Students don gown & wigs as they pass judgement on stop & search
Students from Petchey Academy donned gowns and wigs as they passed judgment on the use of stop-and-search during a workshop on the controversial tactic.
The mock trial was part of a programme ran by the Stop and Search Legal Project, a group of volunteer lawyers based in Hackney, to teach young people their rights while being stop-and-searched and how best to avoid unnecessary arrests.
The students, on a mentoring programme organised by Hackney-based ReachOut!, argued that stop-and-search was racist and a waste of police time while others said it helped take weapons off the streets and made communities feel safer.
The workshop also included a fun play exploring the potential consequences of reacting calmly or aggressively to a police stop.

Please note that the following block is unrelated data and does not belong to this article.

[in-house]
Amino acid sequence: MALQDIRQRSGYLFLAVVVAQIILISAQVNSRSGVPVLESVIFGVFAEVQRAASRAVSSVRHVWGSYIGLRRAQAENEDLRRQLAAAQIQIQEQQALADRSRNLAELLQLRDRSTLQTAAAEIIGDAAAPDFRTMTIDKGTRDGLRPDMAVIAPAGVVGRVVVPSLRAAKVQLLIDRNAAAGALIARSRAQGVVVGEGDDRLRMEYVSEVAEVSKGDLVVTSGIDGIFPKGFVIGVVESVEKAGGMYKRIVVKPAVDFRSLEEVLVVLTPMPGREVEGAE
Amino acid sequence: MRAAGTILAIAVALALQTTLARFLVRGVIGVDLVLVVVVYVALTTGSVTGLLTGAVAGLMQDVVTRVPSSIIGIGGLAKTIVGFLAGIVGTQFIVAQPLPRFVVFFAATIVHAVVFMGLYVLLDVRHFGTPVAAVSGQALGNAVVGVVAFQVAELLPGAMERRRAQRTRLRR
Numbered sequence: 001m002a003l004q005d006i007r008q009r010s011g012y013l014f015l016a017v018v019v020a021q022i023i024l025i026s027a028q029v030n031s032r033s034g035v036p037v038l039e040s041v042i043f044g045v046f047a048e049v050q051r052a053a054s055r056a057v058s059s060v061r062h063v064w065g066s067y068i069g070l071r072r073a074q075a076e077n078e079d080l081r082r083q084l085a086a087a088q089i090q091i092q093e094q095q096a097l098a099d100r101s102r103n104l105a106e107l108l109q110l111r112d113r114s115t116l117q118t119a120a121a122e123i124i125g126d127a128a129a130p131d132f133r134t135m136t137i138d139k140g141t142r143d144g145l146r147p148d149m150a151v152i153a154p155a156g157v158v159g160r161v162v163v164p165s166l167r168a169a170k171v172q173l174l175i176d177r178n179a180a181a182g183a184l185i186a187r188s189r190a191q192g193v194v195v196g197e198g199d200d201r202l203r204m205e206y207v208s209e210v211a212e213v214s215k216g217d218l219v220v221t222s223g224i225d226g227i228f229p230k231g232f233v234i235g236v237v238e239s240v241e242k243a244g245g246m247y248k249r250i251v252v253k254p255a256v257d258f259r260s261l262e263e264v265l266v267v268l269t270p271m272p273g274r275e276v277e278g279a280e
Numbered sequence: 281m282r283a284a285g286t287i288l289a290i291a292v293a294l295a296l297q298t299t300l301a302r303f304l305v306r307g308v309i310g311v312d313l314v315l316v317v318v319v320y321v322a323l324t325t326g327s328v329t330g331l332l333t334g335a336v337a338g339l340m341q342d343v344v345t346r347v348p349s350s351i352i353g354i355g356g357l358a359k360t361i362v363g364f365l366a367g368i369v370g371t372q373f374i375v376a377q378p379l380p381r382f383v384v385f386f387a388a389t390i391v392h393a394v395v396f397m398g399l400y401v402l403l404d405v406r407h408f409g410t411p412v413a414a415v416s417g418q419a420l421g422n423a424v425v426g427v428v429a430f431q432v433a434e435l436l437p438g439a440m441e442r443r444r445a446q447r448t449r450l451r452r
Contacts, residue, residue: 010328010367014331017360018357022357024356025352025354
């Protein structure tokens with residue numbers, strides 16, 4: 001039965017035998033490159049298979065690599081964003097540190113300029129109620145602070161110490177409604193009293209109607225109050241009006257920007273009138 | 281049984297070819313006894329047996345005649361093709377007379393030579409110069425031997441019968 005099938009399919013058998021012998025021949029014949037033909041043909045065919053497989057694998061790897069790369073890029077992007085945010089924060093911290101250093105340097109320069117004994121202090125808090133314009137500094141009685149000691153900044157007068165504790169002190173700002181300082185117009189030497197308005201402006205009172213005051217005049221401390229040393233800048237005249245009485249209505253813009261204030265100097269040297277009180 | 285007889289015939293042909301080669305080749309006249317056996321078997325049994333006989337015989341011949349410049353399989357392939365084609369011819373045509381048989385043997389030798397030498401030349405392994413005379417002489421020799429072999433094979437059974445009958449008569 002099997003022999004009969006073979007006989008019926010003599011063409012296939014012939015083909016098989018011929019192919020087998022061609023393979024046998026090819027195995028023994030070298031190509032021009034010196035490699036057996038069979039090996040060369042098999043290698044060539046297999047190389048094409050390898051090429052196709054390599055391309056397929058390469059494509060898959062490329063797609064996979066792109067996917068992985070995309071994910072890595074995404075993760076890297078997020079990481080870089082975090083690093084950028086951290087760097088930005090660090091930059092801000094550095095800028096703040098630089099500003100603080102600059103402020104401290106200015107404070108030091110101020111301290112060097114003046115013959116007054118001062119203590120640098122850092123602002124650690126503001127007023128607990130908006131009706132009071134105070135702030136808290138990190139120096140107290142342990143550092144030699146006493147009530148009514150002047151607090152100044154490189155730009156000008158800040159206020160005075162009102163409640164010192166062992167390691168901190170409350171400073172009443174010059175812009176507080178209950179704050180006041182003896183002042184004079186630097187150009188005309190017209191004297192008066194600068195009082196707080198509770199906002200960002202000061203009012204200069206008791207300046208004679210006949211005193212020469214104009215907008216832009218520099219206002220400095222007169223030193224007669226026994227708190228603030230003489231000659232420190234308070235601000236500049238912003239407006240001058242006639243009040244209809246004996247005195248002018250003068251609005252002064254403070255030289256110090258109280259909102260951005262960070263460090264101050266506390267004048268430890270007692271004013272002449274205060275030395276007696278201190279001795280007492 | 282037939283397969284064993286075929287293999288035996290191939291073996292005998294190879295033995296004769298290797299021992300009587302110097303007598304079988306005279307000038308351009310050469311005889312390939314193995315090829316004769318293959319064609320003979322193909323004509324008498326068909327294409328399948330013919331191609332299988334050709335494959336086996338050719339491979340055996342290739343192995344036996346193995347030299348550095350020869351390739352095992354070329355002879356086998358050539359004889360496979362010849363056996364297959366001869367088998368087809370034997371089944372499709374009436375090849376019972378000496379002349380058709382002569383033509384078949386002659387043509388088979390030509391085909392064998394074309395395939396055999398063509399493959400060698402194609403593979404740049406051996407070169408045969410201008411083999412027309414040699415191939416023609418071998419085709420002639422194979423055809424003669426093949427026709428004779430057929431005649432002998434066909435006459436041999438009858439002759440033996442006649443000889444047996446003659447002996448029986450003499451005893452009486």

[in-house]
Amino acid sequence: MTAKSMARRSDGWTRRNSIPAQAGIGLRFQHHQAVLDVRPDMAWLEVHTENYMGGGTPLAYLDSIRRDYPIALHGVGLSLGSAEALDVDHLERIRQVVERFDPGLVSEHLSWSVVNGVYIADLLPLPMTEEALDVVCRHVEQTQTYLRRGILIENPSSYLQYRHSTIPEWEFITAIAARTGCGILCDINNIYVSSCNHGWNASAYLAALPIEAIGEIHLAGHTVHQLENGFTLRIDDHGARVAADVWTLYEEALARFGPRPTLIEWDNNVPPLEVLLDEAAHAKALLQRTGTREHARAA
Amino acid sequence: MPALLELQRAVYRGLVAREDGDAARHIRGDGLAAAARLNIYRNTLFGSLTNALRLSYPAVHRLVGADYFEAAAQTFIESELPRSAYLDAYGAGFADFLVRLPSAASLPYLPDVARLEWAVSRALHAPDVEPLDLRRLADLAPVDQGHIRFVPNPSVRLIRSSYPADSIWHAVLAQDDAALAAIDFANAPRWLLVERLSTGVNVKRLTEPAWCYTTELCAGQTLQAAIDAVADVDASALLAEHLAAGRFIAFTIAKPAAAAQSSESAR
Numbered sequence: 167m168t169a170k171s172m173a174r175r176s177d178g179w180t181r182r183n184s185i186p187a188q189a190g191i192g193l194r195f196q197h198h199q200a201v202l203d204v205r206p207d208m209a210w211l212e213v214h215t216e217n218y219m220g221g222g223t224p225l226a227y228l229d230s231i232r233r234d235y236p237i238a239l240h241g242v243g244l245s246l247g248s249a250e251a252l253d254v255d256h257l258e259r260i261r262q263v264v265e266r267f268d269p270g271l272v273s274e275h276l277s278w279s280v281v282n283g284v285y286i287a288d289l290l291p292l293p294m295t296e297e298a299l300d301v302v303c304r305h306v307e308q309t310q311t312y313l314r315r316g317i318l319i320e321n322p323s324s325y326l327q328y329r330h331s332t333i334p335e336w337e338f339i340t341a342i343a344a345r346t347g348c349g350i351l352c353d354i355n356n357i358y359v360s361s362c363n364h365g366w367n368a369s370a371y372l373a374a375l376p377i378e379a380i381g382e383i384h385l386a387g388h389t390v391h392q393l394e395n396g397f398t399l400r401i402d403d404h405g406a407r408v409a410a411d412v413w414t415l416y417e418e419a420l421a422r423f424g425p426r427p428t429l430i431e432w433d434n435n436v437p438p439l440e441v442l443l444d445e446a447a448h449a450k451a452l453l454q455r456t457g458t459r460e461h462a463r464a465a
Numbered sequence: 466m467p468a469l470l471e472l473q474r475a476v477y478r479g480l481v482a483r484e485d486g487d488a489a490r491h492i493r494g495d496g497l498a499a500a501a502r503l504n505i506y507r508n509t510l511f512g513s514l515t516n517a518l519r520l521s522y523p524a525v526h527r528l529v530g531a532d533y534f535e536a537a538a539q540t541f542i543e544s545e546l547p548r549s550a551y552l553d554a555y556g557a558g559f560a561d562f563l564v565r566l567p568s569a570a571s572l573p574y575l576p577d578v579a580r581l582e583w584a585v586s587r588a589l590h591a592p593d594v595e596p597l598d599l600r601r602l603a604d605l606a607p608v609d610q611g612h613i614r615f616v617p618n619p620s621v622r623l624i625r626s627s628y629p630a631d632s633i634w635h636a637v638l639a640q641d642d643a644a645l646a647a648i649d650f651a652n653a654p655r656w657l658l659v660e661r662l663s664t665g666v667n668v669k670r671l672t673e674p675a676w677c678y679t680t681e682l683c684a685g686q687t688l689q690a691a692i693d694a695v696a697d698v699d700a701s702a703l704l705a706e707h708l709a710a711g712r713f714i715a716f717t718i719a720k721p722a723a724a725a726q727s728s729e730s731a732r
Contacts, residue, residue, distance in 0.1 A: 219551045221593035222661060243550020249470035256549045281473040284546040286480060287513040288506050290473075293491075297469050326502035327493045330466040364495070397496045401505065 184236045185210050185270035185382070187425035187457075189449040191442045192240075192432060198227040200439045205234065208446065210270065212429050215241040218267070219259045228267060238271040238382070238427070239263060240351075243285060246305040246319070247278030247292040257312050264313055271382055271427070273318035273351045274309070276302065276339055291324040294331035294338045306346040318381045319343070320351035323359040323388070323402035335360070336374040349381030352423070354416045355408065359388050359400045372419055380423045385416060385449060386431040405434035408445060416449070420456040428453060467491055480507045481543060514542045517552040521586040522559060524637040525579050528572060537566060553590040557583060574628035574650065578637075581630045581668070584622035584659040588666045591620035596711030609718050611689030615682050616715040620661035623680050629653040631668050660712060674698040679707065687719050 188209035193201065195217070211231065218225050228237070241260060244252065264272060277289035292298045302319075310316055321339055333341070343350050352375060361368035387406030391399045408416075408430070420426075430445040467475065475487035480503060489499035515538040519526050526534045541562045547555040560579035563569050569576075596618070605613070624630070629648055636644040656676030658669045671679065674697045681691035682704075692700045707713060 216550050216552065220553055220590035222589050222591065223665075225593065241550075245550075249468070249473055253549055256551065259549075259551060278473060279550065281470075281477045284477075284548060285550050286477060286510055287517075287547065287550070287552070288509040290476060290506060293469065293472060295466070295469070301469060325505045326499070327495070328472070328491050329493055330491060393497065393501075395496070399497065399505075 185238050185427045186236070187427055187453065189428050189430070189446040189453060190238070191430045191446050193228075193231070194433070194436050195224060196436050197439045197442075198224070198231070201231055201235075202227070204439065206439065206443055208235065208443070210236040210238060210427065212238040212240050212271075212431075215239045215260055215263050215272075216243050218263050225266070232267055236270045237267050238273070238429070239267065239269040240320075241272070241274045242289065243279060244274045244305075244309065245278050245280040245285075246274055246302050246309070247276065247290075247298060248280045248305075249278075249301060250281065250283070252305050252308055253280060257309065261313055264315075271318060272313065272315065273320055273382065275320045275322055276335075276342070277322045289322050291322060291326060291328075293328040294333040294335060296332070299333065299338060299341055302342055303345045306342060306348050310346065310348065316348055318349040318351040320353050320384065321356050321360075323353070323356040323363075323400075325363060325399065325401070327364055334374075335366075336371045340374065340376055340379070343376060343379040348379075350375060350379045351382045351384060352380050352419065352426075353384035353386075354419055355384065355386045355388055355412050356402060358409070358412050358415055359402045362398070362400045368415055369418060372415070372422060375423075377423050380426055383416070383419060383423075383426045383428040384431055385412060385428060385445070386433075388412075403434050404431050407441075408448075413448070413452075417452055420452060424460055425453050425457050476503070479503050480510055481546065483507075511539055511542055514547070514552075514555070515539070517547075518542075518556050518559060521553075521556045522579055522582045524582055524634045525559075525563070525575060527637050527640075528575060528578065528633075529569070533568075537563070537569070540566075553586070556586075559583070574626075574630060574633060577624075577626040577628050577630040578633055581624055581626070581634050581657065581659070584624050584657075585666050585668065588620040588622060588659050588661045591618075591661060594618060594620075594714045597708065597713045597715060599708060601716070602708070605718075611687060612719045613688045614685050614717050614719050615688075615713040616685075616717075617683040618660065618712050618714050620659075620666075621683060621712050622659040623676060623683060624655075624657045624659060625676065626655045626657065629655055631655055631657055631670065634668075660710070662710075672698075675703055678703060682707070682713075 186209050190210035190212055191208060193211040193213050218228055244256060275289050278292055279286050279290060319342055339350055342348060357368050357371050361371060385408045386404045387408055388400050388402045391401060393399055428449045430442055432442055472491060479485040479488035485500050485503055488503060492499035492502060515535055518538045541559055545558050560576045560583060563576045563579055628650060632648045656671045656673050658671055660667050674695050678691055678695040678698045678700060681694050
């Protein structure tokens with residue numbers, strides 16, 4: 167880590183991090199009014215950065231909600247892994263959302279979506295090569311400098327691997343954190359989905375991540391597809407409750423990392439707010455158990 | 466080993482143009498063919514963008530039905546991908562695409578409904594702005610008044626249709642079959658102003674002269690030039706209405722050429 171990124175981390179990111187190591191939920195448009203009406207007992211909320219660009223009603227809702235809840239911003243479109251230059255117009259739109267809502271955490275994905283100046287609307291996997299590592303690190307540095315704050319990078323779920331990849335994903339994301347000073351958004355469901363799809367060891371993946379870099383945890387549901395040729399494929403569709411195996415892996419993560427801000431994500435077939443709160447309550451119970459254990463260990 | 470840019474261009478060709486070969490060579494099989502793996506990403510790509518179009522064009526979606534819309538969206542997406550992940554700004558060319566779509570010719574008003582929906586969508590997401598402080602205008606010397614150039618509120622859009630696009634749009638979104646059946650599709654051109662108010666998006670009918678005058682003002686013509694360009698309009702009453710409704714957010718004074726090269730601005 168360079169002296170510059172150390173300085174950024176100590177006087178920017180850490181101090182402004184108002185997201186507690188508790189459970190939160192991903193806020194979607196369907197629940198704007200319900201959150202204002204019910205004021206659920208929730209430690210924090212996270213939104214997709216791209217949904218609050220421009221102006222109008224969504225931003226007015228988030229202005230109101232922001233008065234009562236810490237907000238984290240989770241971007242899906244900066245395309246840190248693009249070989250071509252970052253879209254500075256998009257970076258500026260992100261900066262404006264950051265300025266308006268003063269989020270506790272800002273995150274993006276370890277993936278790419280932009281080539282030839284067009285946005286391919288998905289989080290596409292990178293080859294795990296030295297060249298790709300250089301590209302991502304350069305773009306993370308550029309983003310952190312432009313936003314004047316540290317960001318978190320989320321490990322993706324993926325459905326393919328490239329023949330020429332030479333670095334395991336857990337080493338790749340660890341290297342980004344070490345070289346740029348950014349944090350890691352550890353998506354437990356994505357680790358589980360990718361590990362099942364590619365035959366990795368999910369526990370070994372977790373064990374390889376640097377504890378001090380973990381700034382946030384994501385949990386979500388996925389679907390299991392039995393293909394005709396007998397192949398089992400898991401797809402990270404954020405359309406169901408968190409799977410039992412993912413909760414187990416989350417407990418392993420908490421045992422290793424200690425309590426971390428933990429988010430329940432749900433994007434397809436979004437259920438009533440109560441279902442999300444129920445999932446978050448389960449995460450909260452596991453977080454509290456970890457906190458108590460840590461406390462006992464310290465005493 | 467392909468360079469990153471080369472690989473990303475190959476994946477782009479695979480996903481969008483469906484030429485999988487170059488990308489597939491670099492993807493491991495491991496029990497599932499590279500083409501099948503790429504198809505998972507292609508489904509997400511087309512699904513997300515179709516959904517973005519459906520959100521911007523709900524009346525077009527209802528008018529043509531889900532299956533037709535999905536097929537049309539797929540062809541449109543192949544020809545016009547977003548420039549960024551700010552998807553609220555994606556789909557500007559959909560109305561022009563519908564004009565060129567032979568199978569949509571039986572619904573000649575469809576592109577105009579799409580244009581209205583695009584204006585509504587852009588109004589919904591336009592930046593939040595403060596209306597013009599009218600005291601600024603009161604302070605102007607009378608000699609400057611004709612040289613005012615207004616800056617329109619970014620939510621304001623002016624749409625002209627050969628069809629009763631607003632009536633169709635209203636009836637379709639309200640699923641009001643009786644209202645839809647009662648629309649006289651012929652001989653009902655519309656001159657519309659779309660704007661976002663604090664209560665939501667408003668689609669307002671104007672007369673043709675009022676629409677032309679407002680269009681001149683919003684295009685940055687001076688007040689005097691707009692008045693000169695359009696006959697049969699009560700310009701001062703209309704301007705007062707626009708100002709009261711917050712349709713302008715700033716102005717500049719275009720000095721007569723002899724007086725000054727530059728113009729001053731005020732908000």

Werner Mabiaole, 16, who is in his final year at Petchey Academy, said: “It was good to learn how you should think about stop-and-search, how the police should behave and how we should react, for example no swearing if you don't want to get arrested. Young people see stop-and-search as a way of going to prison, especially if it hasn't happened to them before.”
Police in Hackney stop more than 35 people a day, on average, with around 11 per cent leading to arrests. However, according to the Metropolitan Police's own statistics 47 per cent of arrests are 'unclassified' including public order offences.
Lawyers from SSLP say some of these arrests are caused by people reacting angrily to being stopped or to the police taking an aggressive approach.
Molly Mulready-Jones, director of SSLP, said: “Young people can feel harassed by stop-and-search, but they should remember it's not voluntary, so they should stay calm and let the police do their job. However, you do not have to give your name unless you are being arrested and you should demand a record of the stop-and-search should you wish to complain later.”